- Emergency incident risk management: a safety & health perspective. New York, NY: Van Nostrad Reinhold, Chapters 4, 12, 13.
- Dunn V . Safety and survival on the fire ground. Saddle Brook, NJ: Fire Engineering Books & Videos.
- Moore R . Standard operating procedures (SOPs) decision tree, January 17, 2003, from Ron Moore, Fire Training Manager, Plano (TX) Fire Rescue. Contact information: 214-728-6776 or Rmoore@Firehouse.com.
- NFPA . NFPA 1500:Fire department occupational safety and health program. Quincy, MA: National Fire Protection Association.
- Phoenix Fire Department . M.P. 205.07A 04/95-R: standard operating procedures for safe parking while operating in or near vehicle traffic. Phoenix, AZ: Phoenix Fire Department.
- NFPA . NFPA 502: standard for road tunnels, bridges, and other limited access highways. Quincy, MA: National Fire Protection Association.
- NIOSH . NIOSH Hazard ID: Traffic Hazards to Fire Fighters While Working Along Roadways. Cincinnati, OH: U.S. Department of Health and Human Services, Public Health Service, Centers for Disease Control, National Institute for Occupational Safety and Health, DHHS (NIOSH) Publication No. 2001-143.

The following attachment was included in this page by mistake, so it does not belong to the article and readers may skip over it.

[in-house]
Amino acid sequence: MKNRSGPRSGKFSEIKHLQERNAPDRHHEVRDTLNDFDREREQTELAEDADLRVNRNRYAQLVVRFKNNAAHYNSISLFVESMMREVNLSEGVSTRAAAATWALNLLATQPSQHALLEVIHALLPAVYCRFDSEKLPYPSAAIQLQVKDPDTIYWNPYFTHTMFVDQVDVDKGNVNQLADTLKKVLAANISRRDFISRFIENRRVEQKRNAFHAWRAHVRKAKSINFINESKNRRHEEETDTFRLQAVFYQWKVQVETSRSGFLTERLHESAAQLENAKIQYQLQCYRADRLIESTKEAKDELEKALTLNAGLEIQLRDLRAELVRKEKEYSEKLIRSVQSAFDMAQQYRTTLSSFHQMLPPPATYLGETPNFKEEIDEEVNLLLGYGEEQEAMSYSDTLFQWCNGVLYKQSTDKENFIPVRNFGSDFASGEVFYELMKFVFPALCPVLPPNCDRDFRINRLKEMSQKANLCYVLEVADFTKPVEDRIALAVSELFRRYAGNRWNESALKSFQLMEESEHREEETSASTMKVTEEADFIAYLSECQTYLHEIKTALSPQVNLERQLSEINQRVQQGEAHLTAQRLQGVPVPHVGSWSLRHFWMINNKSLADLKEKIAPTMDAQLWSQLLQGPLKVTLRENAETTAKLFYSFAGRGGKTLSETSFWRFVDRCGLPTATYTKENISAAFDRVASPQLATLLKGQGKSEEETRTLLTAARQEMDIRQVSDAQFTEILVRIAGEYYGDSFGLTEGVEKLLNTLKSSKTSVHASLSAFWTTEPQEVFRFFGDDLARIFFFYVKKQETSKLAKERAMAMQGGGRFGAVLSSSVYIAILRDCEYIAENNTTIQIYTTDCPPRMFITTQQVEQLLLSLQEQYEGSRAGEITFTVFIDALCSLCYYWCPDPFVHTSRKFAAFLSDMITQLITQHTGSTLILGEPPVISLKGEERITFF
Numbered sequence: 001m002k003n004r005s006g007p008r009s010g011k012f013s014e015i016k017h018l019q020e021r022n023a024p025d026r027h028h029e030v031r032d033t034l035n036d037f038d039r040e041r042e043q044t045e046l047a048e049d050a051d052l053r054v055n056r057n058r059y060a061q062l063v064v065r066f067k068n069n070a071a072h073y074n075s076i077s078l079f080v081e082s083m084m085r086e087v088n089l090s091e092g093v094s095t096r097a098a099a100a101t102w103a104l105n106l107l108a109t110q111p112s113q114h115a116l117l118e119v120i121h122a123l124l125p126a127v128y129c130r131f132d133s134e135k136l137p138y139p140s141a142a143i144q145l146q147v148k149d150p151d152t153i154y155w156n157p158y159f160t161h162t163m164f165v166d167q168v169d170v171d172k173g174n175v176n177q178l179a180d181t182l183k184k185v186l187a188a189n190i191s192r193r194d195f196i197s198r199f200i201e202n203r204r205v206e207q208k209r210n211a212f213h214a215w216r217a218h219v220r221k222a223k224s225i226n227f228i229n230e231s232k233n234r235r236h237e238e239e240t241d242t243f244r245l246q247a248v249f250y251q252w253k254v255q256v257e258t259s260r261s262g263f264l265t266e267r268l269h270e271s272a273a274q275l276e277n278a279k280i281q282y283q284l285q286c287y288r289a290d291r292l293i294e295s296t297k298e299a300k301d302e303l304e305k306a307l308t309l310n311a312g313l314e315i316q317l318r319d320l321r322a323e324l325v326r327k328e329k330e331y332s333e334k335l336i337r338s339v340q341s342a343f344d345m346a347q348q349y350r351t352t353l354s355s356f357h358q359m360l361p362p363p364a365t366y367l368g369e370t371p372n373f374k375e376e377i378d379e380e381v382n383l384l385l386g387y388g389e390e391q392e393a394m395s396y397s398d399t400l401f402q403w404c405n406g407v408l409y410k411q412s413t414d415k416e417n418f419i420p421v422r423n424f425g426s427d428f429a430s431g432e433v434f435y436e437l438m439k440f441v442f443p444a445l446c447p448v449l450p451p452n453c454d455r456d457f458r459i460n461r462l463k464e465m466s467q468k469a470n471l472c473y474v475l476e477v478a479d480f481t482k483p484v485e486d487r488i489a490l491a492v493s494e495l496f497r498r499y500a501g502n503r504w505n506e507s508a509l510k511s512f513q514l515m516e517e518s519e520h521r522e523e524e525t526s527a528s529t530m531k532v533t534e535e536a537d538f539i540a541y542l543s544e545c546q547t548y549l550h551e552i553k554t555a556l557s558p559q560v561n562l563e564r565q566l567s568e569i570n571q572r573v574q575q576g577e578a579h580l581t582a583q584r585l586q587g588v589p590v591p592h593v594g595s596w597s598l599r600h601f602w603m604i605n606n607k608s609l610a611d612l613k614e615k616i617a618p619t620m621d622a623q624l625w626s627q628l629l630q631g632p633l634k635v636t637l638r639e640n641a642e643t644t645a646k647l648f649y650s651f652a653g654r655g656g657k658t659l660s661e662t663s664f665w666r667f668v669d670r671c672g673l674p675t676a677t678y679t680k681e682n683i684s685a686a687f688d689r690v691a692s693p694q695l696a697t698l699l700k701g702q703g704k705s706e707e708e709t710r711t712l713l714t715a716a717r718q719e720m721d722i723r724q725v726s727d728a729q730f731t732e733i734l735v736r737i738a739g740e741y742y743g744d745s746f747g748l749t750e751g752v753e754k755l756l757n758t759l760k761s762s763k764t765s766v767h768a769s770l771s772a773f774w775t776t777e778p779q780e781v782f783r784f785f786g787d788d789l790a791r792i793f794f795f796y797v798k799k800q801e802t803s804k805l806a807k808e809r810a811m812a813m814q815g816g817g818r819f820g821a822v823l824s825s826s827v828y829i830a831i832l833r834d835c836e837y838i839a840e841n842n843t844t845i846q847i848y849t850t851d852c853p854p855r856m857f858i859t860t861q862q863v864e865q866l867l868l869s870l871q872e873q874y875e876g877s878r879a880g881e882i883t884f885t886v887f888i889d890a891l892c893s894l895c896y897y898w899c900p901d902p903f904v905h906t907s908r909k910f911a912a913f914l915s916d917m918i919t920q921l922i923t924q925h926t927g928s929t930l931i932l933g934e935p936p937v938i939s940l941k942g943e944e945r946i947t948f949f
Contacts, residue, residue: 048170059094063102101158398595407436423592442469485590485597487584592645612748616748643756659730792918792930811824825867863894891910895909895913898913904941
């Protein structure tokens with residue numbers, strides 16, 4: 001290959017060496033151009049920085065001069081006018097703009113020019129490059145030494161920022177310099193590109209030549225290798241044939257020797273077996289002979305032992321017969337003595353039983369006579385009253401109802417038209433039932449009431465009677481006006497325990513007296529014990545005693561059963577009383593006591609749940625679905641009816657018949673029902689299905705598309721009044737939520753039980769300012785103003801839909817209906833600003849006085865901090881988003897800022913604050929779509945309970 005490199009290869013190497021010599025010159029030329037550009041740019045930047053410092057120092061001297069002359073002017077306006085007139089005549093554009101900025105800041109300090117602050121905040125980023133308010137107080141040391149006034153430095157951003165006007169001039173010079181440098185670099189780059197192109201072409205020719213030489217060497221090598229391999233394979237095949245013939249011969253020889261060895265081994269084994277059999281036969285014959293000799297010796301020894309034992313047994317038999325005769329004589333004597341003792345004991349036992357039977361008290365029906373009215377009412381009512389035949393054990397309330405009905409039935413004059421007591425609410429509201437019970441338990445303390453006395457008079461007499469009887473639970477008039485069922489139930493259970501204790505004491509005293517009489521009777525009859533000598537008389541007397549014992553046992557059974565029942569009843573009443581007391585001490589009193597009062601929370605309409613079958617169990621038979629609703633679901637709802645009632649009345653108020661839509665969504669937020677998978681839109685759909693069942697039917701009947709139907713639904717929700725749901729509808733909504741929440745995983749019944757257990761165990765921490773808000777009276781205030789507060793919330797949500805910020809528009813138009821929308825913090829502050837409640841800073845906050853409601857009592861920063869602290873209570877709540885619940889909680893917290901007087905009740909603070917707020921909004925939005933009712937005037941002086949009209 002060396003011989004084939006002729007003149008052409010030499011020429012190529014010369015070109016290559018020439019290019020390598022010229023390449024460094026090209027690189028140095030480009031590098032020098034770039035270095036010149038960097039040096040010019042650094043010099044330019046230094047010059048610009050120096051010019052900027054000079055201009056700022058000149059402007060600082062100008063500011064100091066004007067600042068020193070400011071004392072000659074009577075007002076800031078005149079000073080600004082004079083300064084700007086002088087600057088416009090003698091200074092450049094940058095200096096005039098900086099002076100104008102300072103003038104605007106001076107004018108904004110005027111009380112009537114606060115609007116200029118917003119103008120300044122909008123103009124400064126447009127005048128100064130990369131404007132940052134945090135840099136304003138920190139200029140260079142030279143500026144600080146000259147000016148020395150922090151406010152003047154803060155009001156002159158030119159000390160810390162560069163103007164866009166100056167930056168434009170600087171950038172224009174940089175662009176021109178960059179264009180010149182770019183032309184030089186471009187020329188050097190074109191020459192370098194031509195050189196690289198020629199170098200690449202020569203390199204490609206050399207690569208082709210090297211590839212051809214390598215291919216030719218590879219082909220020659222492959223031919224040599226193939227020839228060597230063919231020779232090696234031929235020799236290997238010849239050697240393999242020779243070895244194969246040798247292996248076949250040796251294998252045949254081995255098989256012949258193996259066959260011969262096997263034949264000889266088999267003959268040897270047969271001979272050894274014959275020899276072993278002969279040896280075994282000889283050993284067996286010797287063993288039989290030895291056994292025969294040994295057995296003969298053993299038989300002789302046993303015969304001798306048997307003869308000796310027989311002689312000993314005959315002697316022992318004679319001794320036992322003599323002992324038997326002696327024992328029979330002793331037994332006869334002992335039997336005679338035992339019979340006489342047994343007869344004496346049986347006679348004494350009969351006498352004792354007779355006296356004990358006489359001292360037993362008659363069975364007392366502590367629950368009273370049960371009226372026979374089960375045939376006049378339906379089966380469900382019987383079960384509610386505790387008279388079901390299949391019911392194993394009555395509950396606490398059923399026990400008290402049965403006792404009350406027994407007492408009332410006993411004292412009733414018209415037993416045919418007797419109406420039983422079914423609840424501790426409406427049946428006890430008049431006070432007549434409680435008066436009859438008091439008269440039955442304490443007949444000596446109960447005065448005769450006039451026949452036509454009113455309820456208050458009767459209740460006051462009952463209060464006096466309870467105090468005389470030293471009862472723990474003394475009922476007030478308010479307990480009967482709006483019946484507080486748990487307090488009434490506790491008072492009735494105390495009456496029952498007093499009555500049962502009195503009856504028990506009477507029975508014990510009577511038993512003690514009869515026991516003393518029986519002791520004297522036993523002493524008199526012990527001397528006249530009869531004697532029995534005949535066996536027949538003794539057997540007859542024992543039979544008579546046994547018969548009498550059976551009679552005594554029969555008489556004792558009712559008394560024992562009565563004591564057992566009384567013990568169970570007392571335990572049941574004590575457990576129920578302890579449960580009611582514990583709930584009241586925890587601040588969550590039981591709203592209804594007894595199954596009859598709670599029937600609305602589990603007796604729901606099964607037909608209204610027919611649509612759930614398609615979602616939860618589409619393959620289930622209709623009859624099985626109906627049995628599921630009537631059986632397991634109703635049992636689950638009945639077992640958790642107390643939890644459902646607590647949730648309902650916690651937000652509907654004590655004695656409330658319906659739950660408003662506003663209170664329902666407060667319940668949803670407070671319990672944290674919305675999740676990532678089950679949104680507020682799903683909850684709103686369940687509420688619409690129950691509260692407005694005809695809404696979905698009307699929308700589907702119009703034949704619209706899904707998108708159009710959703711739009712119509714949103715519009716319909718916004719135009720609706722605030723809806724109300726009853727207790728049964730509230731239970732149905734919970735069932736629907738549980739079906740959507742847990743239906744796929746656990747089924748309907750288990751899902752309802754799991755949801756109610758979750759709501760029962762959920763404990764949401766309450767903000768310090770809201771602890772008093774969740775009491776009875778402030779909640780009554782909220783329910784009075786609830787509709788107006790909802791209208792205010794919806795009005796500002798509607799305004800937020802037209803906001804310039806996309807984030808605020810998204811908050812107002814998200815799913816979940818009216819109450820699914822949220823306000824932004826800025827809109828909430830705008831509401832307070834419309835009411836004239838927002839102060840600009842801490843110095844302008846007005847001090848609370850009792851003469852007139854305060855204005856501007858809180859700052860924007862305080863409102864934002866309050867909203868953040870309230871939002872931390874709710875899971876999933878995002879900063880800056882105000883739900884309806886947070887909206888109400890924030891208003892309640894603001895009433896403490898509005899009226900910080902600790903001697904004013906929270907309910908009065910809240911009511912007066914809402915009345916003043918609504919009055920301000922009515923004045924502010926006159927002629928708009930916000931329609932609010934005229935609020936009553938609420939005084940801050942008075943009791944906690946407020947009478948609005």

- The Emergency Responder Safety Institute . Responder Safety.com. [http://www.respondersafety.com/default.aspxexternal icon]. Date accessed: March 27.
- International Fire Service Training Association . Pumping apparatus driver/operator handbook. 1st ed. Stillwater, OK: Oklahoma State University, Fire Protection Publications.
This incident was investigated by Mark McFall, Safety and Occupational Health Specialist, Trauma Investigations Section, Surveillance and Field Investigations Branch, Division of Safety Research, NIOSH.
Diagram. Aerial View of Incident Scene
This page was last updated on 04/03/03